This apparent disconnect between sub-Saharan Africa's rate of dietary improvement and its economic advancement is a function of the fact that while food consumption rises with income, it rises most strongly at the lowest income levels. Sub-Saharan Africa consists of 50 countries, including some of the poorest in the world. GDP per capita for the region was $3,171 in 2012 compared with a world average of $13,539. Another relatively poor country, India, comes in at $5,050 per capita, nearly 60% higher.1
As one would expect, people in sub-Saharan Africa spend a big chunk of their incomes on food. A United Nations paper2 in 2012 found that 19 countries in the region spent on average 64% of their expenditures on food. By contrast, Americans spend 6.6% on food, according to the U.S. Department of Agriculture. Even India spends only 25% of total consumption expenditures on food.
Also, richer households in sub-Saharan Africa spend a smaller percentage of their incomes on food; highest-income quintile households spent 53.4% of income on food, while lowest-income quintile households spent 69.9%. With such low income levels, the region would seem primed for big gains in caloric intake if the economies of sub-Saharan Africa can grow at a fast clip and people have more money to spend on food.
That's a big if, however. Over the past decade, sub-Saharan Africa's GDP per capita has expanded at a compounded annual growth rate of 3.2%, considerably slower than other emerging regions such as China (9.9%) and India (6.3%). Further, the International Monetary Fund predicts sub-Saharan Africa's per capita GDP growth rate to decelerate over the next seven years at an annualized rate of 2.7%.
Although economic growth may decelerate, we think sub-Saharan Africa can match its recent growth rate in calories per capita through our forecast period, as the region has proved in the past that its diets can improve in the face of substandard economic growth.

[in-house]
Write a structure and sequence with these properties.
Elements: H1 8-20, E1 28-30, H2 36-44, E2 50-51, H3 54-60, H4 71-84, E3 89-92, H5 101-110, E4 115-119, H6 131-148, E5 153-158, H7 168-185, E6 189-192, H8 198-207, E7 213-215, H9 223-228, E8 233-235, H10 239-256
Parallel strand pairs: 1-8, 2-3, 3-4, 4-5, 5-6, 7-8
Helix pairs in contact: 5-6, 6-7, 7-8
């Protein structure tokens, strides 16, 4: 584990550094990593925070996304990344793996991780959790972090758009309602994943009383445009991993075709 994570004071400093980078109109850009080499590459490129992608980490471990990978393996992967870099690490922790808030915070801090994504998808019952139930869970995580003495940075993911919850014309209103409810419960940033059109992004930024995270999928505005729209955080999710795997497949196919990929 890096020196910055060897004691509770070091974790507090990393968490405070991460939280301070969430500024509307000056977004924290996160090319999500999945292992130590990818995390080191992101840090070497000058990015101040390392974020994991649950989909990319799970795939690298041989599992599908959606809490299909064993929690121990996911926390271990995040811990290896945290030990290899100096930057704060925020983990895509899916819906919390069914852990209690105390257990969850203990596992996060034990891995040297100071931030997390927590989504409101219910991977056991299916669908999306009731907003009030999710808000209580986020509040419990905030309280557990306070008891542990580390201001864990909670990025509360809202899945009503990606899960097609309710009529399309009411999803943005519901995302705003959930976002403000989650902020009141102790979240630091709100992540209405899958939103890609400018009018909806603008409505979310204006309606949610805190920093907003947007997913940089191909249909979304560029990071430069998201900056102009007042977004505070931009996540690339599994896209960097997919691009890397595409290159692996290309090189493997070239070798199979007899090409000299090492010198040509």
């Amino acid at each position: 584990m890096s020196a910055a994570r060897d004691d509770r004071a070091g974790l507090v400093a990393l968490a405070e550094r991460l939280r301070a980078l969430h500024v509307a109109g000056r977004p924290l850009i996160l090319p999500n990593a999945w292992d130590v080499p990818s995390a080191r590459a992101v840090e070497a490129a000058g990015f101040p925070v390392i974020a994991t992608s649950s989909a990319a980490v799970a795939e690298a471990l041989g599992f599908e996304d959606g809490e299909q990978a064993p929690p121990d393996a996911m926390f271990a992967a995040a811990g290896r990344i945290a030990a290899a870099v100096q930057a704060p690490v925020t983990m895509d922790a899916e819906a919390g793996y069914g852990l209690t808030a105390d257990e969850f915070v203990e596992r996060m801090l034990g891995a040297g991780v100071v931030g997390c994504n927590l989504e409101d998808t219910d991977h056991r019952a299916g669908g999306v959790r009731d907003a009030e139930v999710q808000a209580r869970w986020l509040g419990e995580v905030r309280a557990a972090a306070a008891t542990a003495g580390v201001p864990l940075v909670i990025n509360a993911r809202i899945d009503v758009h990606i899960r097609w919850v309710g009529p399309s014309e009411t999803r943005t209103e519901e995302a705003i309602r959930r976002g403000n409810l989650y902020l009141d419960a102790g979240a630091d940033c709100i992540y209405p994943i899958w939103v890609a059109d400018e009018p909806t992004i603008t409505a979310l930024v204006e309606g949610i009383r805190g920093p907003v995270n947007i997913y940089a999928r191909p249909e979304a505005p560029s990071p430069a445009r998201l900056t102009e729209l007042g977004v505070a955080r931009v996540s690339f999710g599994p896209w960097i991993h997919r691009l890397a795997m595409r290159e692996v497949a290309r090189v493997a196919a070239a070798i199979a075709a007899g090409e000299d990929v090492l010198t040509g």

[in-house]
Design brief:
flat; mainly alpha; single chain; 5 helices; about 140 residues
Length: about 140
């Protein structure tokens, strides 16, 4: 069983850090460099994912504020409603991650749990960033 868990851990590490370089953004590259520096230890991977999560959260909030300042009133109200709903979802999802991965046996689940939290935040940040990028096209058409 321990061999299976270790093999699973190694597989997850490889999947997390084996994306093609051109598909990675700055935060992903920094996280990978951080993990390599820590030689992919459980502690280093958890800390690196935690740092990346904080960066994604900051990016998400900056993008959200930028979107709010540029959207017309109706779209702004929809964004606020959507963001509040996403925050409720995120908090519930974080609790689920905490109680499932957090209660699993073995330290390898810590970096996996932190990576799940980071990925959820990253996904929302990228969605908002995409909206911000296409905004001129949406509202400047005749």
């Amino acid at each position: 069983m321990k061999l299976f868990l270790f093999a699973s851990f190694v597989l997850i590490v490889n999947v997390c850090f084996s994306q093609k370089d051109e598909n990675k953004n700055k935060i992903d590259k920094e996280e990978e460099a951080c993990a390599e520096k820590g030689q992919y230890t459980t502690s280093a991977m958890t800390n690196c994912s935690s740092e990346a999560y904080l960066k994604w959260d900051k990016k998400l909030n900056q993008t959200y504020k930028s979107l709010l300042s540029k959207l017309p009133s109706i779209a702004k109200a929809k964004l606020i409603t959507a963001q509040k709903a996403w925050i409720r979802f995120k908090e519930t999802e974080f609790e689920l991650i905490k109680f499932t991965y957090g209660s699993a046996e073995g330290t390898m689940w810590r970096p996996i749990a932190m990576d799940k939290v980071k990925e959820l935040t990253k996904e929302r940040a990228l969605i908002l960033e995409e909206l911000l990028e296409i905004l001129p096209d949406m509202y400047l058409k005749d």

Nigeria Serves as a Benchmark
Wealthier countries within sub-Saharan Africa, South Africa and Nigeria, offer glimpses into the possible dietary future of the region's poorer nations. With GDP per capita more than three times the region average, South Africa has the highest daily caloric supply in sub-Saharan Africa at just more than 3,000 kcal per capita. Excluding South Africa, the average for the region is about 2,425 kcal.
Because South Africa has its own unique history and development story, we believe Nigeria is a better benchmark for other sub-Saharan African countries. With a daily caloric intake of 2,724 kcal per capita in 2011, we think Nigeria represents what the region's caloric intake will look like in 2022, which we forecast to be 2,674 kcal.
Within Nigeria, there is a strong relationship between total household expenditures and food expenditures, as one would expect in a relatively poor country. Poorer states in Nigeria with lower total household expenditures (and thus likely lower incomes) spend less on food. In richer states, food expenditures increase steadily, but there does seem to be some of the topping-off effect (as we see globally), as total annual expenditure per capita reaches NGN 250,000 to NGN 300,000 (roughly $1,525 to $1,850).